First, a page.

The answer is: Both and Neither
When evaluating the key differences between new talent and experienced workers you'll find that they both offer their own benefits and drawbacks. It's important to consider the beneficial dynamic of having different kinds of people on your team and understand the issues with being too quick to choose one over the other.
In truth, there are so many naturally occurring ways in which a situation can go sideways that it certainly doesn't need our help. For the most part we're focused on keeping things on track. However, every once in a while it seems like we make a special effort to sabotage ourselves.
We've all heard about the assorted teenagers that have tweeted thoughtless things about their jobs. A few of them have even made it to the mainstream media.
One young lady spoke of obtaining a job at a pizzeria and being faced with a long daily commute, and hating the work, despite the good paycheck. Another complained about how getting a job was going to "ruin her summer", and the place she was working was "colorfully described" as unpleasant.
In both cases the tweets were read by the employers that were following up on their "new hires". Neither gal got to work even one day at their new jobs.
But that's just Kids, you say…
How hard could it be?
More and more companies are turning to the telephone interview. What used to be a simple "Yes, this is Bob Smith. […] Certainly! I would be delighted to see you on Thursday at 2 p.m. […] Thanks for your call!" has turned into an integral part of the interview process.
Sometimes they call because you cannot attend the in-person interview; sometimes they call to see if you'll eliminate yourself by saying something stupid. But, in some cases, the entire interview process may be conducted by telephone, particularly if you're going to be a remote worker that never comes into the office.
Lies the Internet told us
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Some things simply aren't true
Maybe Dustin Hoffman as Rain Man could learn to program in that length of time, but certainly not ordinary citizens. It takes months to get a good grasp on programming in even the easiest languages, and years to become proficient. TANSTAAFL, as the expression goes.
Dallas IT staffing agencies easily acknowledge that programmers certainly deserve respect for investing the time and effort to learn such a complex skill. It takes a particular mind set—one that is very task-oriented—in order to be a great programmer. Often, however, it is that very skill that works to prevent you from advancing in your IT career.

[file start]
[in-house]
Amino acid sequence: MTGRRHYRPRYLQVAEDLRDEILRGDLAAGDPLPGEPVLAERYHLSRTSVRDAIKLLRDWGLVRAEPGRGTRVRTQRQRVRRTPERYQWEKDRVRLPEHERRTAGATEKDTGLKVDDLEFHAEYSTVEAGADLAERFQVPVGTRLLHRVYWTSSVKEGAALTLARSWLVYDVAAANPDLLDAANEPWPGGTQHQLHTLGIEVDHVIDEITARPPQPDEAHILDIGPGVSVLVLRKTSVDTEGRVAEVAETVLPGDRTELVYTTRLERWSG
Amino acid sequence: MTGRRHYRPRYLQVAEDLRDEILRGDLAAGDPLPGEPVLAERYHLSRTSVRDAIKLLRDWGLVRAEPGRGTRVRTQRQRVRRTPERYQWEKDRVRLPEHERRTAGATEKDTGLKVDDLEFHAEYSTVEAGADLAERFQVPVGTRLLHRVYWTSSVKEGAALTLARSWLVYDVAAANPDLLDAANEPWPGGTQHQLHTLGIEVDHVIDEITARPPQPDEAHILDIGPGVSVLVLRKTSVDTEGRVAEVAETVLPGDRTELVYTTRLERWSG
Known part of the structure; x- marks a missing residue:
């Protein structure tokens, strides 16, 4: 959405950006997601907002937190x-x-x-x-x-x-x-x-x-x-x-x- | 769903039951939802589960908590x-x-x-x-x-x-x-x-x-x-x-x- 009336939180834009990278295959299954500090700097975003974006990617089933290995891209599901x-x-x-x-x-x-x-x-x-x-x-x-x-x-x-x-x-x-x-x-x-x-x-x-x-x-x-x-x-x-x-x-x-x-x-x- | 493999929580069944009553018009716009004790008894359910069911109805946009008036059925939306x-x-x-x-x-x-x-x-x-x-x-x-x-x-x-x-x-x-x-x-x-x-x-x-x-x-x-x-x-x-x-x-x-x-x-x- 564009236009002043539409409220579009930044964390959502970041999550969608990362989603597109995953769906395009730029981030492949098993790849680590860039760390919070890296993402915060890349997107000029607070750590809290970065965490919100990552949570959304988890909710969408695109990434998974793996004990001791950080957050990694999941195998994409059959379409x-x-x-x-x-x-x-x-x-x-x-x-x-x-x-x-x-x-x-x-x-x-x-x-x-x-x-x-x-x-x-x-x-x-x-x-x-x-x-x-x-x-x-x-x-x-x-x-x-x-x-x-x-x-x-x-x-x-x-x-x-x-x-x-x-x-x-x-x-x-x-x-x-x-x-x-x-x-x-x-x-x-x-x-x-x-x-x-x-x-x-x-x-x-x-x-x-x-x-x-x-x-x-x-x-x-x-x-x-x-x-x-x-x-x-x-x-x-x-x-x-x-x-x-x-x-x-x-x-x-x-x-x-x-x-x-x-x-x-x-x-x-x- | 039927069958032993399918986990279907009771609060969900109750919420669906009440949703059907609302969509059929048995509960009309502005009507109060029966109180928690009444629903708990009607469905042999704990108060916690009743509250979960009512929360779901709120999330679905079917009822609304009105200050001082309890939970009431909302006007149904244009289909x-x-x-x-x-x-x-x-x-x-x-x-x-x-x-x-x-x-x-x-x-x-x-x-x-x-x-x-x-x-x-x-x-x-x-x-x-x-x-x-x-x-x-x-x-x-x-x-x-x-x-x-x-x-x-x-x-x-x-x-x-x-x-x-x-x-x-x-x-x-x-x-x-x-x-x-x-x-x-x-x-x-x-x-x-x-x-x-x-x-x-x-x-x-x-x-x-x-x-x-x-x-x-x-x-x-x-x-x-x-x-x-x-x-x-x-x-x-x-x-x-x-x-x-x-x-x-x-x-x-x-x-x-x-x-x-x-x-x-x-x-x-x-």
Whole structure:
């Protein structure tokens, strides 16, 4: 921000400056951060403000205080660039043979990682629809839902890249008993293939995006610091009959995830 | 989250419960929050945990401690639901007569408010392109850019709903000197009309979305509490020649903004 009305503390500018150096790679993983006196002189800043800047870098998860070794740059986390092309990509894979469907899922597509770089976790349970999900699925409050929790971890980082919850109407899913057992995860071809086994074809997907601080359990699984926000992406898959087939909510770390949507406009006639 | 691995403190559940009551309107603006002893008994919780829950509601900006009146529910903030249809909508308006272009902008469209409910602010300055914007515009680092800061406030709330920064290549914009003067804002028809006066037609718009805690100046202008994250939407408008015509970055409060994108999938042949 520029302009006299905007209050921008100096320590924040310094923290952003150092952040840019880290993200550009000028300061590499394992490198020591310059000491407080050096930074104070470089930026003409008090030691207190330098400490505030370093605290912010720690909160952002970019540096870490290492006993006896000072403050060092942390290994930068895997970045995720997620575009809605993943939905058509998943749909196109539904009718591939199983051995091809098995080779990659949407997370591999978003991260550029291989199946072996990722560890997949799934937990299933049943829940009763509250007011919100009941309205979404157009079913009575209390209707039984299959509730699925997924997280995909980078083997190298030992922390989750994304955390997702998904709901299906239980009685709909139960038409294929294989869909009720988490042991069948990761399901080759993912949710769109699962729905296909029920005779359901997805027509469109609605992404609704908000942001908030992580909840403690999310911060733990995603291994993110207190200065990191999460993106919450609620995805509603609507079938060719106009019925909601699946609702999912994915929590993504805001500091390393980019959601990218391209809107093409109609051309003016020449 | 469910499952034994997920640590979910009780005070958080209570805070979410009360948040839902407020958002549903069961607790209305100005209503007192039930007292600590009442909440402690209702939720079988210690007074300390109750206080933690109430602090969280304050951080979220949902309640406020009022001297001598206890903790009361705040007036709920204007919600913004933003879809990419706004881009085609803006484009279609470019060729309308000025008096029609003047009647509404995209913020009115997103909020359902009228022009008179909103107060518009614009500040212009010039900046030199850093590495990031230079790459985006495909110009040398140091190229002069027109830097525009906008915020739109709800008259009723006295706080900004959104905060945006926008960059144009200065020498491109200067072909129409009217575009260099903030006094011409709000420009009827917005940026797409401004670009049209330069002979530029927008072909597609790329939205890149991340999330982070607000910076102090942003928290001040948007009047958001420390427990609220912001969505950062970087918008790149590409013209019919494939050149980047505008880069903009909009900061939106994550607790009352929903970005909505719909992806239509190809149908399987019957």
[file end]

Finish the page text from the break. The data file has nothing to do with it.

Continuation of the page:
If you find yourself in the southern end of the lower 48, especially if you're looking for a job in the technology staffing area, then Dallas is pretty much the place to be. Business is booming in D-town and IT staffing companies in Dallas are looking for you.
Mock Governor Rick Perry if you must, but the fact remains that his state of Texas still dominates the Top 10 List for best cities with good jobs (it has five, half of the total). Leading, as usual, is Dallas, which despite AMR's bankruptcy back in 2011 still managed to rack up more than 2% job growth last year and is looking at a 2.8% rate of growth from now through 2019.
Remember, while the rest of the country struggled with double digit unemployment rates during the 2008-2014 "economic rebalancing", Texas peaked at 8%, and is already back down to 6.2% while the rest of the country still hovers around 8% unemployment.
Creating your best IT résumé is not something you should take lightly. Thinking that it doesn't matter because "They'll be begging to hire me once I talk to them" is akin to standing outside your locked house declaring "When I get inside and find my keys, I am definitely coming back out to unlock this door!"
Wrong order, my friend, wrong order! Your résumé is your key. Unless you have some great nepotism working in your favor, you're completely stymied without a great résumé.
So you graduated from college…Congratulations! Did you make it by the skin of your teeth, or were you granted magna cum laude?
It really doesn't matter because I've seen graduates who were the bane of their professor's existence become remarkable achievers. Conversely, we've all heard of so-called "Sheldon Coopers" that fell by the wayside because they were unable to cope with the real world outside of academia.
Back in the 12th century "engineer" referred to someone who "schemed", and it had a rather negative connotation, such as someone who would "engineer to overthrow the King". By the 14th century however it had garnered some respect as "someone who designed war machines, such as ballistae, catapults, and siege engines (e.g. battering rams with a cover to protect soldiers from arrows, rocks, boiling water/oil, or even molten lead).
It wasn't until the 15th century when it took on something closer to the modern meaning of "inventor, designer, or creator". Then it generally referred to civic works (aqueducts, sanitation, and public buildings), so we continue to distinguish between a civil engineer, and an engineer of every other stripe, to this very day.
Once upon a time there was a fellow named Keith. Ever since he'd been old enough to work he had found a job to do. He had paper routes; he shopped for some of the old ladies in his neighborhood; he cut grass and shoveled snow on sidewalks or driveways.
He was always doing something (even if he wasn't being paid). He taught himself to draw; learned to build his own computers; apprenticed as a carpenter, plumber, electrician, and auto mechanic. He once deliberately spent a whole year with a new job every week. Eventually, just before his 30th birthday, he figured out that he wanted to be a Life Coach—dedicated himself to it—and he lived happily ever after.